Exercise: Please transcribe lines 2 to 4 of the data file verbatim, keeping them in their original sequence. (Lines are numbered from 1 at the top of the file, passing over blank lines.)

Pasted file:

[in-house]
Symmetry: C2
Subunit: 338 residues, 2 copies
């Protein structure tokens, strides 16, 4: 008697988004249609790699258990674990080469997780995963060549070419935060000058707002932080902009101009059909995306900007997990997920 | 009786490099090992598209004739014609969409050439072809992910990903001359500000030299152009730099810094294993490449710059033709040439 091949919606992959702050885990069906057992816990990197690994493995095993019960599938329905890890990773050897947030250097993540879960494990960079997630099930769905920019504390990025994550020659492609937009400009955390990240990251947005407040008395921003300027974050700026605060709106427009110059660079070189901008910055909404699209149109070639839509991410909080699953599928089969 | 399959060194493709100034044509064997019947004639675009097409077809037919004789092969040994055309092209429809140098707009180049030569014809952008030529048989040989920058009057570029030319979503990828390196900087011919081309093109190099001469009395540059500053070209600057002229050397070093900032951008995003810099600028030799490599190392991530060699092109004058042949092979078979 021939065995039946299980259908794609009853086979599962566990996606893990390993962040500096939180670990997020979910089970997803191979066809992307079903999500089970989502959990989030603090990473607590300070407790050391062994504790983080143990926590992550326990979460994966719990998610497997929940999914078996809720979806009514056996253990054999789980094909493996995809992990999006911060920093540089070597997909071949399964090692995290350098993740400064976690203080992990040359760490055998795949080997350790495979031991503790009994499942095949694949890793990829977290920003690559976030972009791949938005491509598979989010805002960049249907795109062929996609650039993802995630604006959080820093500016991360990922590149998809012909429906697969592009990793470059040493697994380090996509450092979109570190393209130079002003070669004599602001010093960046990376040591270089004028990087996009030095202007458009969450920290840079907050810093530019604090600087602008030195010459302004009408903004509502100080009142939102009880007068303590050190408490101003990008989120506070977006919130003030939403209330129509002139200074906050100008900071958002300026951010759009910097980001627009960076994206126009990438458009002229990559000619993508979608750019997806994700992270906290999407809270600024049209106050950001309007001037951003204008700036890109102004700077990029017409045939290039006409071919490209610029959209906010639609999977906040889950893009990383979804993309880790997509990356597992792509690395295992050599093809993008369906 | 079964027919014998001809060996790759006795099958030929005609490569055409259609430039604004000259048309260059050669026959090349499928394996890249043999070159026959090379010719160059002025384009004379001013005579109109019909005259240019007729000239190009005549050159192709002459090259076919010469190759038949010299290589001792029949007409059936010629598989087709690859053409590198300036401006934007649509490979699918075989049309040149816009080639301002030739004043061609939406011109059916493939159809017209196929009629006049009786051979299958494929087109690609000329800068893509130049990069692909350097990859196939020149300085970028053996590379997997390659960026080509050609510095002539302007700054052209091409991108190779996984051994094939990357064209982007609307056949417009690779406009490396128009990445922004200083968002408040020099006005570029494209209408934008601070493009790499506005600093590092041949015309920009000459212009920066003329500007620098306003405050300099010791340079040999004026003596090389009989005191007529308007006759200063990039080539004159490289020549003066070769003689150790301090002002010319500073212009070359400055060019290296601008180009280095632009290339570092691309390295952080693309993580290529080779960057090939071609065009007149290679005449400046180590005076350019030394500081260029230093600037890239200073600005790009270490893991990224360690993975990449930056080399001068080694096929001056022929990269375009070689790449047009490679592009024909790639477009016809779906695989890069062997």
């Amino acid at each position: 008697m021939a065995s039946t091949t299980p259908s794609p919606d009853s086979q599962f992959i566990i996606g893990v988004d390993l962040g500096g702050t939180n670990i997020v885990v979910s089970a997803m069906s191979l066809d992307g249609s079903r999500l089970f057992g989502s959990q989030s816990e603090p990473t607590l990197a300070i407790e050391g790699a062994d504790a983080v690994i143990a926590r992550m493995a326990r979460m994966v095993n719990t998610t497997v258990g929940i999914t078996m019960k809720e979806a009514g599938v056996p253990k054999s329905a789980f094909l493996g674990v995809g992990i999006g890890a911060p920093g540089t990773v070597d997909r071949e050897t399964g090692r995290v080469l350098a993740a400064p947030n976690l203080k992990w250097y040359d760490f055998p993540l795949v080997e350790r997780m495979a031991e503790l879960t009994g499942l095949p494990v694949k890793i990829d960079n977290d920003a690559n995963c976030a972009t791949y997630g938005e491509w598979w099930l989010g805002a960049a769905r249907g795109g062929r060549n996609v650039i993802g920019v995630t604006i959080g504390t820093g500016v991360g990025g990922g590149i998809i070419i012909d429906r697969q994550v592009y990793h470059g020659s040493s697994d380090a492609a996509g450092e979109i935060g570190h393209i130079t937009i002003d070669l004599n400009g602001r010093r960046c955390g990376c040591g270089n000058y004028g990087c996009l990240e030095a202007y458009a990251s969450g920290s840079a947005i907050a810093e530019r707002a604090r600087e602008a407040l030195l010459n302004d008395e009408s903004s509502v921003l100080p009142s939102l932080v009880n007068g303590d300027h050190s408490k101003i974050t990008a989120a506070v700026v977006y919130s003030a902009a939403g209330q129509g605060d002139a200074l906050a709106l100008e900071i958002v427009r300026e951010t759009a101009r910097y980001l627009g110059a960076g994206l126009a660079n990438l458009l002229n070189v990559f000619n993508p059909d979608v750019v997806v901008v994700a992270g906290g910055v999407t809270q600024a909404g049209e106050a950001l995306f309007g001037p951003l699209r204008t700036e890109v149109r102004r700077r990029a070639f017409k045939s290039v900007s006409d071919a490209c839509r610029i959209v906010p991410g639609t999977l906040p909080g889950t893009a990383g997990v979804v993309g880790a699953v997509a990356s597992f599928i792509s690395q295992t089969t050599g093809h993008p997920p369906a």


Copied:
Symmetry: C2
Subunit: 338 residues, 2 copies
């Protein structure tokens, strides 16, 4: 008697988004249609790699258990674990080469997780995963060549070419935060000058707002932080902009101009059909995306900007997990997920 | 009786490099090992598209004739014609969409050439072809992910990903001359500000030299152009730099810094294993490449710059033709040439 091949919606992959702050885990069906057992816990990197690994493995095993019960599938329905890890990773050897947030250097993540879960494990960079997630099930769905920019504390990025994550020659492609937009400009955390990240990251947005407040008395921003300027974050700026605060709106427009110059660079070189901008910055909404699209149109070639839509991410909080699953599928089969 | 399959060194493709100034044509064997019947004639675009097409077809037919004789092969040994055309092209429809140098707009180049030569014809952008030529048989040989920058009057570029030319979503990828390196900087011919081309093109190099001469009395540059500053070209600057002229050397070093900032951008995003810099600028030799490599190392991530060699092109004058042949092979078979 021939065995039946299980259908794609009853086979599962566990996606893990390993962040500096939180670990997020979910089970997803191979066809992307079903999500089970989502959990989030603090990473607590300070407790050391062994504790983080143990926590992550326990979460994966719990998610497997929940999914078996809720979806009514056996253990054999789980094909493996995809992990999006911060920093540089070597997909071949399964090692995290350098993740400064976690203080992990040359760490055998795949080997350790495979031991503790009994499942095949694949890793990829977290920003690559976030972009791949938005491509598979989010805002960049249907795109062929996609650039993802995630604006959080820093500016991360990922590149998809012909429906697969592009990793470059040493697994380090996509450092979109570190393209130079002003070669004599602001010093960046990376040591270089004028990087996009030095202007458009969450920290840079907050810093530019604090600087602008030195010459302004009408903004509502100080009142939102009880007068303590050190408490101003990008989120506070977006919130003030939403209330129509002139200074906050100008900071958002300026951010759009910097980001627009960076994206126009990438458009002229990559000619993508979608750019997806994700992270906290999407809270600024049209106050950001309007001037951003204008700036890109102004700077990029017409045939290039006409071919490209610029959209906010639609999977906040889950893009990383979804993309880790997509990356597992792509690395295992050599093809993008369906 | 079964027919014998001809060996790759006795099958030929005609490569055409259609430039604004000259048309260059050669026959090349499928394996890249043999070159026959090379010719160059002025384009004379001013005579109109019909005259240019007729000239190009005549050159192709002459090259076919010469190759038949010299290589001792029949007409059936010629598989087709690859053409590198300036401006934007649509490979699918075989049309040149816009080639301002030739004043061609939406011109059916493939159809017209196929009629006049009786051979299958494929087109690609000329800068893509130049990069692909350097990859196939020149300085970028053996590379997997390659960026080509050609510095002539302007700054052209091409991108190779996984051994094939990357064209982007609307056949417009690779406009490396128009990445922004200083968002408040020099006005570029494209209408934008601070493009790499506005600093590092041949015309920009000459212009920066003329500007620098306003405050300099010791340079040999004026003596090389009989005191007529308007006759200063990039080539004159490289020549003066070769003689150790301090002002010319500073212009070359400055060019290296601008180009280095632009290339570092691309390295952080693309993580290529080779960057090939071609065009007149290679005449400046180590005076350019030394500081260029230093600037890239200073600005790009270490893991990224360690993975990449930056080399001068080694096929001056022929990269375009070689790449047009490679592009024909790639477009016809779906695989890069062997």